Current results of the NOvA experiment

of two functionally identical detectors, which have been placed 14 mrad off-axis. The NuMI (Neu- trinos at the Main Injector) facility at the Fermi National Accelerator Laboratory (USA) provides a muon (anti-)neutrino beam for the experiment. The neutrino beam, with a peak energy of 2 GeV, travels 810 km through the Earth’s crust to the Far Detector at Ash River (Minnesota). Muon neutri- nos may oscillate to electron or tau neutrinos as they propagate. The NOvA detectors can measure the transition probabilities P ( ν μ → ν e ) and P ( ν μ → ν μ ). From these measurements NOvA is able to extract oscillation parameters: Δm 2
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Recent Results of the CMS Experiment

Recent Results of the CMS Experiment

The huge cross section of processes yielding bottom quarks in the final state of 7-TeV proton- proton collisions again comes to the rescue. CMS can collect semileptonic B-hadron decays of medium to large transverse momentum thanks to inclusive electron and muon triggers, as well as exploit the significant branching ratio of B-hadron decays to J /ψ and ψ(2S ) mesons by triggering on the resulting pairs of low transverse momentum muons. Indeed, a simple graph showing the invariant mass of muon pairs collected by muon triggers speaks volumes about the heavy flavor potential of the experiment (see Fig. 3).
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The OPERA Experiment and Recent Results

The OPERA Experiment and Recent Results

In the atmospheric sector, the disappearance of muon neutrinos was first established by the Super- Kamiokande experiment [1] and then confirmed with accelerators by K2K [2] and MINOS [3] long- baseline experiments. Although the ν μ → ν τ oscillation channel seems to be the dominant one, no explicit observation of tau neutrino appearance has been confirmed so far.

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Results from the OPERA experiment

Results from the OPERA experiment

If a secondary vertex is found, a full kinematical analysis is performed combining the measurements in the nuclear emulsion with data from the electronic detectors.. The momentum of char[r]

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Genetic regulation of daylength adaptation and bulb formation in onion (Allium cepa L )

Genetic regulation of daylength adaptation and bulb formation in onion (Allium cepa L )

Many hormones such as auxin, cytokinin, gibberellins and ethylene have been implicated in bulb formation, though many attempts to correlate hormone levels with bulbing have been unsuccessful (Brewster, 2008). Ethylene has been externally applied as a spray of ethephon, which induces a swelling of leaf sheaths and a small increase in bulbing ratios, but the normal elongation of leaf sheaths which cause bulb swelling does not occur and normal typical bulbs do not develop (Sobeih and Wright, 1987). In addition, ethylene antagonists do not repress bulb initiation in inductive photoperiods (Lercari, 1983). Thus, it was regarded that ethylene is responsible for pseudobulbing rather than true bulbing. Several studies also have been aimed at the implication of gibberellins in onion bulb formation (Brewster, 2008). Results showed that an inhibitor of gibberellin biosynthesis promotes bulbing in non-inductive photoperiods which suggests an inhibitory role in bulb initiation (Mita and Shibaoka, 1984). Gibberellin also has an inhibitory role on flowering in strawberry (Thompson and Guttridge, 1959). However, gibberellin was successful to promote flowering in Arabidopsis (Arabidopsis thaliana) through the activation of the promoter of the floral integrator gene LEAFY (LFY) (Blazquez et al., 1998) and is also involved in onion flowering (Rabinowitch, 1990). It was also reported that cytokinin has some effect in bulb initiation under inductive photoperiod (Lercari and Micheli, 1981).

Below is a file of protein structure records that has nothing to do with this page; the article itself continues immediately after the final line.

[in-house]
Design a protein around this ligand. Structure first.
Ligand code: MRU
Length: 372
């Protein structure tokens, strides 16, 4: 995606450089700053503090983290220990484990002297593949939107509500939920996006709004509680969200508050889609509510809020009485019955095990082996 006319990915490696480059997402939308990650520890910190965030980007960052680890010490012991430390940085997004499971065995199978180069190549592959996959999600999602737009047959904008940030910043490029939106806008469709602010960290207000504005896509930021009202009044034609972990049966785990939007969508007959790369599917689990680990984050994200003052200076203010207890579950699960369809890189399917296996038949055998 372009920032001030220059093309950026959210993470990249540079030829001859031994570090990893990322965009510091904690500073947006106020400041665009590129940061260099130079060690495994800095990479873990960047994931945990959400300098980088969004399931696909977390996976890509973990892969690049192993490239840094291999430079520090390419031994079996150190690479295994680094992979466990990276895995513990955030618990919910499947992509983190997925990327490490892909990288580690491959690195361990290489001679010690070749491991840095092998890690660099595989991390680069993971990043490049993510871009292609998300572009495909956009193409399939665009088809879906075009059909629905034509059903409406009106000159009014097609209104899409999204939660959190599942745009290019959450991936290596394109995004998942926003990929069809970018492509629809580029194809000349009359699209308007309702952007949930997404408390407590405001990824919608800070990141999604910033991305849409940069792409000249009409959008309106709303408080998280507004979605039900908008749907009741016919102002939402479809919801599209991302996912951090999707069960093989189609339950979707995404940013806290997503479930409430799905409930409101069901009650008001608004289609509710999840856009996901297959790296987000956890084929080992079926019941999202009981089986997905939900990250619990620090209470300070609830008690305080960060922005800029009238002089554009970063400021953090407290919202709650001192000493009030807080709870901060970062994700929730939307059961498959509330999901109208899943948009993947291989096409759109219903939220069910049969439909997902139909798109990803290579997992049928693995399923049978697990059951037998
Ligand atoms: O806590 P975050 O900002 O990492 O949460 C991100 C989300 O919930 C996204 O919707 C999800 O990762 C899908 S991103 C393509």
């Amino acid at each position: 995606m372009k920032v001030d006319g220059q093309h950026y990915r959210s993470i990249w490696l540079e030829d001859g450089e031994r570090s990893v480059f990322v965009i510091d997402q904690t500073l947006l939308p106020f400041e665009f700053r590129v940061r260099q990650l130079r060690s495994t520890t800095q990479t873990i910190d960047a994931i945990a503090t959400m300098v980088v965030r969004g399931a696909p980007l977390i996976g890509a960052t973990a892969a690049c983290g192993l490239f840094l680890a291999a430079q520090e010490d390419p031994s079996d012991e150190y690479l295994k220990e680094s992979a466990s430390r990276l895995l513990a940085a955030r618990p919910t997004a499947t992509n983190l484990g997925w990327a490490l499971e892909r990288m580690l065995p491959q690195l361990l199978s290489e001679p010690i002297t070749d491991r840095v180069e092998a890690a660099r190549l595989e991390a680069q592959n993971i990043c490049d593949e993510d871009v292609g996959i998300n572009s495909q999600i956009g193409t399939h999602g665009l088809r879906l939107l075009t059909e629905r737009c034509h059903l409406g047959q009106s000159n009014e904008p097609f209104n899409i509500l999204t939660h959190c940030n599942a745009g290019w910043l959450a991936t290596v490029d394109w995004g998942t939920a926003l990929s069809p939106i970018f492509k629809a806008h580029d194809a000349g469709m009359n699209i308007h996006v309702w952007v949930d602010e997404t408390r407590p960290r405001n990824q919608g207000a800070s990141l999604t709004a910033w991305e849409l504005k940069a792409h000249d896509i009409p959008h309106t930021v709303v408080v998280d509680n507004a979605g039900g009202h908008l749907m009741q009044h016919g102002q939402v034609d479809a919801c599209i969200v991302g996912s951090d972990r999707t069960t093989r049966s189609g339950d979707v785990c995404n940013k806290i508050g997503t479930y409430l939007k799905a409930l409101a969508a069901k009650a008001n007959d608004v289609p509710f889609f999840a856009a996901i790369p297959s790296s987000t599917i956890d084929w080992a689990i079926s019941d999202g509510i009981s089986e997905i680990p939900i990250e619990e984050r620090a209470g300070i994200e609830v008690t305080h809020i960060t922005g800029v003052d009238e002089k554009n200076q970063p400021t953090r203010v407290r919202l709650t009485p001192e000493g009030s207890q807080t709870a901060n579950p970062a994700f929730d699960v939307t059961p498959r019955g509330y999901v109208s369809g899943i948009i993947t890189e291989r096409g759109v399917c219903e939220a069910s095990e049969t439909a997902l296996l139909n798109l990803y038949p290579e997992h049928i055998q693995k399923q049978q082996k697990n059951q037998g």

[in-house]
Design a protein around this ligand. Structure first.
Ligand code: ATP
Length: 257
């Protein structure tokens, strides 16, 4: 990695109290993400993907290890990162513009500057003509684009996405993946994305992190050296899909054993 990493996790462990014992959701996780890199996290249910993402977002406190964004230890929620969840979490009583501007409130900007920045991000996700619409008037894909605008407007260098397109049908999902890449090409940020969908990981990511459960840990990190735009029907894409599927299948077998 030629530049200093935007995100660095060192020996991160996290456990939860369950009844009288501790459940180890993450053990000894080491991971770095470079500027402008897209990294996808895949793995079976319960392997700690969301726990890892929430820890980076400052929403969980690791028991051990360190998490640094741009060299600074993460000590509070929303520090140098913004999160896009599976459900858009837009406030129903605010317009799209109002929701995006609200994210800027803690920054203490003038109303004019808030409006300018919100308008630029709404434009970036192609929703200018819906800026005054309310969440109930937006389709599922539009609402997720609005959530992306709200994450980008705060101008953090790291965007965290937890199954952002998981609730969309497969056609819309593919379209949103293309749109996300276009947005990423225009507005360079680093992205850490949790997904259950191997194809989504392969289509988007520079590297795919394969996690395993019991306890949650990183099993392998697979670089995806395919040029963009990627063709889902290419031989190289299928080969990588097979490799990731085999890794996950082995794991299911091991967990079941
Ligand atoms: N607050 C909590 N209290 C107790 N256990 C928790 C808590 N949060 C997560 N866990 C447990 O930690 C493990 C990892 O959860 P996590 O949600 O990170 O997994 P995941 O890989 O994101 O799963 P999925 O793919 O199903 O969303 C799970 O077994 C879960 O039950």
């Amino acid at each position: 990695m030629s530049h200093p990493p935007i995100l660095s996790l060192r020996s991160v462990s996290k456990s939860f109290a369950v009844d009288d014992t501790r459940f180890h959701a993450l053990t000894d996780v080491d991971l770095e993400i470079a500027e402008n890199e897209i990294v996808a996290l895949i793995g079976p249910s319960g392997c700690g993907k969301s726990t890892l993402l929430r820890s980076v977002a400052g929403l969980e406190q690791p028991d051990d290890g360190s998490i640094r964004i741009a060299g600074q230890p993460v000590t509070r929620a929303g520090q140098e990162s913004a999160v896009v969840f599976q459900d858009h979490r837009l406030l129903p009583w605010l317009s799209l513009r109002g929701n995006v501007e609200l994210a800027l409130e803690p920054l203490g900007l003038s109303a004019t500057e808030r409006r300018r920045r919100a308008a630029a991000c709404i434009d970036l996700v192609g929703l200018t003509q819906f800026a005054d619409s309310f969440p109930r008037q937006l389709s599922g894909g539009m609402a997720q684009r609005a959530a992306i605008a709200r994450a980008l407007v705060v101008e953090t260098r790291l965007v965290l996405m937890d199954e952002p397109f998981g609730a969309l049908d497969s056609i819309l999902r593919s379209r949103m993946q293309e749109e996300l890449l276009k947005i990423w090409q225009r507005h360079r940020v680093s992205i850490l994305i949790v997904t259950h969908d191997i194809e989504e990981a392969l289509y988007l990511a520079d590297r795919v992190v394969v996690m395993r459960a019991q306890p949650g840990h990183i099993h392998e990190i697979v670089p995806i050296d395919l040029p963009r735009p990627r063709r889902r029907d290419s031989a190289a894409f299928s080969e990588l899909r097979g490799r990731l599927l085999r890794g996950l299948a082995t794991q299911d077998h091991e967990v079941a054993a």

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Choice Modelling with Search and Sort Data from an Interactive Choice Experiment

Choice Modelling with Search and Sort Data from an Interactive Choice Experiment

A cloaking tool allows the individual to only show those attributes that are important to them. This might be useful if there are many attributes that can describe the alternative. It might also justify making relatively obscure information available within the choice environment, as that information need not overwhelm those people who do not wish to see it. A literature has developed examining various attribute processing rules, where one such rule that the decision maker might employ is to ignore or not attend to certain attributes when making their choice (e.g. Rose et al., 2005). There is evidence to suggest that attribute attendance as stated by the respondent is not reliable, and that sounder methodologies include a stochastic treatment of attribute attendance (Hensher et al., 2007) or the use of other model outputs such as conditional parameter estimates (Hess and Hensher, 2010). Cloaking tools might not cover all attribute nonattendance, as revealed attributes might still be ignored, but attributes that are not revealed can be definitively considered as not attended to, and removed from the utility expressions of a choice model.